Prices for Eichlers Hit New Heights

Highwood house
Eichlers have been selling for record prices in several locations around the Bay. In the East Bay, this home, on Highwood Road in Castro Valley, sold for $2,725,000, an East Bay record, according to realtor Thomas Westfall, who handled the sale. Open Homes Photography

Is it surprising that the highest price ever paid for an Eichler home was for a pad Joe Eichler himself called home? A pair of penthouse condos atop Eichler’s luxury San Francisco Summit, at 999 Green Street, recently sold for $29 million – and despite much hoopla in the press, no one that we know even reported that this property was an Eichler.

The sale broke city records, the San Francisco Chronicle reported. It also raised the question: what other Eichlers have recently sold for record prices?

But before going there, let’s recap this tale from atop Russian Hill, where Joe built the 32-story 999 Green Street highrise in the early 1960s, moving into one of two of the penthouses with his wife, Lillian.

The news sites and papers ran down the most recent owners, former secretary of state George Schultz and wife Charlotte Maillard Schultz, a philanthropist and the city’s former chief of protocol, both now deceased.

Reporters noticed the pair’s famed guests: prime ministers, senators, Henry Kissinger, Tony Bennett. And of course they described the paired, two-story condo’s marvelous staircases, wet bars, and views of Bay, bridges, Marin County, the East Bay, and more from a wraparound terrace.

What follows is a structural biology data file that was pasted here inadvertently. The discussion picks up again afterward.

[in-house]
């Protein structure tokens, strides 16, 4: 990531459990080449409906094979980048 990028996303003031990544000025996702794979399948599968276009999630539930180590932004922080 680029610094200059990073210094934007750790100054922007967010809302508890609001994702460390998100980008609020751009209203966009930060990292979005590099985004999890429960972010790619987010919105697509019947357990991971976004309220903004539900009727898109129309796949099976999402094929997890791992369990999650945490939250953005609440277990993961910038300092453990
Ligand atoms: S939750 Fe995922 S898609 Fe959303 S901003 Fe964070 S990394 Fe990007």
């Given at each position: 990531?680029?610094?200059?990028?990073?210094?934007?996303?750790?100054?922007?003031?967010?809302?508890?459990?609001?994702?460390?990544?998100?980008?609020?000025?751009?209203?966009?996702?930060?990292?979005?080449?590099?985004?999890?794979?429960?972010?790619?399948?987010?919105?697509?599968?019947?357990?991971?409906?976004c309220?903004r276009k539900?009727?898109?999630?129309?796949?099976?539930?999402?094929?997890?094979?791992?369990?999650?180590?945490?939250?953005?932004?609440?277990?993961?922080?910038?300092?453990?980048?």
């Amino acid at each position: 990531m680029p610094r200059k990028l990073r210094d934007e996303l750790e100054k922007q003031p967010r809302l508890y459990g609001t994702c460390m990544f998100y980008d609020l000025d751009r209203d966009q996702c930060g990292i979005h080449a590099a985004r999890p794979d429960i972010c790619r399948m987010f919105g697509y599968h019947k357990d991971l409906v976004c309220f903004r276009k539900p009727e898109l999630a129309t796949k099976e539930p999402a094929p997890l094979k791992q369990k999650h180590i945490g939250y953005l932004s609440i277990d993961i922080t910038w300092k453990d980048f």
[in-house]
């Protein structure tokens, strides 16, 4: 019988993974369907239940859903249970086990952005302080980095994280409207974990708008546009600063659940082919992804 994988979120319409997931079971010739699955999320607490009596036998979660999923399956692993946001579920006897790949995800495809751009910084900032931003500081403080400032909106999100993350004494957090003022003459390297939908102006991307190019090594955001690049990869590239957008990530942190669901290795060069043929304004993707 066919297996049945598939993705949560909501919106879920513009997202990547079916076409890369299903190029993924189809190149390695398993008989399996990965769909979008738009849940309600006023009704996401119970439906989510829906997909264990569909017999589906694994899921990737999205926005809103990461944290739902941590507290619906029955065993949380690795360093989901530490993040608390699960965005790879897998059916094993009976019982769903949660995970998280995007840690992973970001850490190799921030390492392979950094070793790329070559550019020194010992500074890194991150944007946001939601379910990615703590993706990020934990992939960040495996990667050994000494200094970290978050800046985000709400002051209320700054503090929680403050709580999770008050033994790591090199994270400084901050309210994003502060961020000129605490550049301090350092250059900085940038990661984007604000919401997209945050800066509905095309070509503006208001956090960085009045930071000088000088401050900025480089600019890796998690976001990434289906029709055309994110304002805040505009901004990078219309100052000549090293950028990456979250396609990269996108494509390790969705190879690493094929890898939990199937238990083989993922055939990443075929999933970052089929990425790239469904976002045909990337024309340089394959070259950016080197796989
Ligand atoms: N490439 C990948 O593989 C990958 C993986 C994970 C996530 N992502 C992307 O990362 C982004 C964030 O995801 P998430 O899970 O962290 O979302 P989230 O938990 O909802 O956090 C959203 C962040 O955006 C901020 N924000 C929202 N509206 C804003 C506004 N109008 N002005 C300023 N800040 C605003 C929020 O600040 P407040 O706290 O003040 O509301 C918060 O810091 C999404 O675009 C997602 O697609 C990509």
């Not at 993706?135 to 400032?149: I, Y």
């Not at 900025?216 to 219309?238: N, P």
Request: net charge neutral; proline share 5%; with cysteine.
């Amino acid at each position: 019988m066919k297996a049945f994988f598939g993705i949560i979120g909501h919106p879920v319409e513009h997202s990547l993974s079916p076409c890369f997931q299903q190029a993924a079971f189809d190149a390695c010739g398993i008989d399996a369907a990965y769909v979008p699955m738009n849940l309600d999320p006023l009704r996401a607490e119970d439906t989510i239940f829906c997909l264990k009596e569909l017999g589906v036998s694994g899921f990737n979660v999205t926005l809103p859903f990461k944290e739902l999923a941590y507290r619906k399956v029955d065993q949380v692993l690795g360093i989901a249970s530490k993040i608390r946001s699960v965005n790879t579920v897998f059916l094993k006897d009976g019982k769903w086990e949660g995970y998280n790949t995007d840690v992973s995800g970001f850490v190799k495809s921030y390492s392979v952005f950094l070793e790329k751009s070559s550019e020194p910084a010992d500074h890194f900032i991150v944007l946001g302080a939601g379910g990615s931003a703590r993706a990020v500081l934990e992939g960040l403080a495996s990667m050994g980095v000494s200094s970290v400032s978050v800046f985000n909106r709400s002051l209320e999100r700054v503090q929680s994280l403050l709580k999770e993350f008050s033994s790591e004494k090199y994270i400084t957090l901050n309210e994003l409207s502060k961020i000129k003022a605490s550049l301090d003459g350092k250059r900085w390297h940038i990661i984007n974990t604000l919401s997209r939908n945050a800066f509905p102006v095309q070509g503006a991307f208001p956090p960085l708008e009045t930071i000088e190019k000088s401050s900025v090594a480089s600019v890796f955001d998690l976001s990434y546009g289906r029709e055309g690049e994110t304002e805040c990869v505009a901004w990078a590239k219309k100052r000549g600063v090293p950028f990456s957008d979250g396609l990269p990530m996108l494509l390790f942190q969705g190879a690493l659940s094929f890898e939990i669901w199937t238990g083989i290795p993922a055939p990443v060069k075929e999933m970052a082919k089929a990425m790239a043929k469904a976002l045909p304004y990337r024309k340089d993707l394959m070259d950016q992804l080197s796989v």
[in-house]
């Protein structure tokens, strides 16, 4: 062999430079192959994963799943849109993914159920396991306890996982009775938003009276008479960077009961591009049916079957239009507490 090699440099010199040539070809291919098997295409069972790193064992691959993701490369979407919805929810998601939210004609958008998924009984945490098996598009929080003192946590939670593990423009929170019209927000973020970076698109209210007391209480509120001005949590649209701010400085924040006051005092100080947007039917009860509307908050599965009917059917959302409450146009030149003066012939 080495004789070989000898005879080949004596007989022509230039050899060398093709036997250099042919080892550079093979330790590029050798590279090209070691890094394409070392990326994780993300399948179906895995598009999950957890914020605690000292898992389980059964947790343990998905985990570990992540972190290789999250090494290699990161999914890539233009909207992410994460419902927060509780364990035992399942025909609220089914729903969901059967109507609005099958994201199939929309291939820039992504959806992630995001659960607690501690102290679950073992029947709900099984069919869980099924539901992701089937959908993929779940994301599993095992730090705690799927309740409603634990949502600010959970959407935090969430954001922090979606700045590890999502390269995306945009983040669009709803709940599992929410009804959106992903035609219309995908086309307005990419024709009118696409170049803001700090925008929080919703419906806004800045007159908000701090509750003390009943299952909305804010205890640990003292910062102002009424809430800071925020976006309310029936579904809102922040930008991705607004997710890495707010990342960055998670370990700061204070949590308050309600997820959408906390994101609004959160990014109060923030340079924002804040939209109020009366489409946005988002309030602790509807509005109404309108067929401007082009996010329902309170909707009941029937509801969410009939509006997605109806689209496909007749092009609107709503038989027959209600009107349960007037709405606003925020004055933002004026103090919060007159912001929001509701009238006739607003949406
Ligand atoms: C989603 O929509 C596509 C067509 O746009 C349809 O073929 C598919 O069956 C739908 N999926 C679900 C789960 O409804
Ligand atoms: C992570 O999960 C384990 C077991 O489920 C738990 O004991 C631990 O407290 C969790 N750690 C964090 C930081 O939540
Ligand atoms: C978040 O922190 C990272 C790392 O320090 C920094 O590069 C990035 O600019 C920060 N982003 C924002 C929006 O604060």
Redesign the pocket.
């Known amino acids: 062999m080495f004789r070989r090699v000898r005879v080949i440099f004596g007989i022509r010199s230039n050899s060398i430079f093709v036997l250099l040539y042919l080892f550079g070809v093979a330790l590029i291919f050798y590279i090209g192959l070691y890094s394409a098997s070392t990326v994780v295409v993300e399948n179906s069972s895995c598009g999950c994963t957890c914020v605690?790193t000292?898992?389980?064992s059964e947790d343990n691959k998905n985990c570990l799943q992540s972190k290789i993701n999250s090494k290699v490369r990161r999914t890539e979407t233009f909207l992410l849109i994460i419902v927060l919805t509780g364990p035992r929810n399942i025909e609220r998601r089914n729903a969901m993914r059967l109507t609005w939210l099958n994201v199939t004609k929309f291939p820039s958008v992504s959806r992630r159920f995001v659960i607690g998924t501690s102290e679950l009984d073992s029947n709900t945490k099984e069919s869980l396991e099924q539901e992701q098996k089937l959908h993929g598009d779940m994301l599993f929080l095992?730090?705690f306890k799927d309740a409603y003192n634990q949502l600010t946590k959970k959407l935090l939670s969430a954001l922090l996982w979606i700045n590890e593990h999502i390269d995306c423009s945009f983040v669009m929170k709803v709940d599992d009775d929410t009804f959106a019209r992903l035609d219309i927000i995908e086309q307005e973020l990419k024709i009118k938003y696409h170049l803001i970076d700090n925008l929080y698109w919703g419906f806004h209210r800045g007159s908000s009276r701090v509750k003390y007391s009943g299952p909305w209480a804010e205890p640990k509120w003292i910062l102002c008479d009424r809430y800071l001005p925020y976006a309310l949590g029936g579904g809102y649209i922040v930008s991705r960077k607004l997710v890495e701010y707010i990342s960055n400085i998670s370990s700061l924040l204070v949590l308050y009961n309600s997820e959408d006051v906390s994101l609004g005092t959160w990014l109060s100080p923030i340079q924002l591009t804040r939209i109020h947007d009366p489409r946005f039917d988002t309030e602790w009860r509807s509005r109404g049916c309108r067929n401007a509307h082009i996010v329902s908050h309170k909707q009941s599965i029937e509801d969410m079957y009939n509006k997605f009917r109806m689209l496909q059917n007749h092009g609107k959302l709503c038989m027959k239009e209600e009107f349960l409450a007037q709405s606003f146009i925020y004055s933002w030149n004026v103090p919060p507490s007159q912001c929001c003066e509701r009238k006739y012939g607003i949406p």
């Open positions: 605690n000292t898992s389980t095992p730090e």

But let’s get back onto the ground.

The Summit, Eichler’s luxury highrise atop Russian Hill, recently saw the sale of the priciest Eichler home ever, paired two-story penthouses that have been turned into a single unit. Photo by Dave Weinstein

Any Eichlers going for $29 million in that hottest of markets, Silicon Valley?

No, said Kevin Swartz, founder and Realtor at Atria Real Estate. Asked about the priciest Eichlers in the South Bay and Peninsula, he cited 479 Ferne Avenue in Palo Alto’s Greendell tract, which sold recently for $5 million. “The home was expanded and extensively remodeled,” Swartz said.

“It is fair to say the highest-priced Eichlers are always unique in some way compared to other Eichler homes in the neighborhood,” Swartz said.

“Single-family Eichlers on the biggest lots in a neighborhood typically set record prices.  Homes can always be renovated and expanded, but you cannot add space to the lot. 

“In neighborhoods where there are lots of Eichlers and on similar-sized lots, like in Sunnyvale,” he added, “the later-built Eichlers [1968-'74] tend to sell at higher prices. These homes are generally more spacious.”

In Sunnyvale, Swartz said, “There have been nine Eichlers sold over $3 million in 2021 and 2022. All were large for Sunnyvale and Eichler standards.”

He cited two examples: 814 Blanchard Way, in the Primewood tract, which sold in June for $3.8 million; and 948 Olympus Court, in Rancho Sans Souci, which sold in April for $3.75 million.

Mountain View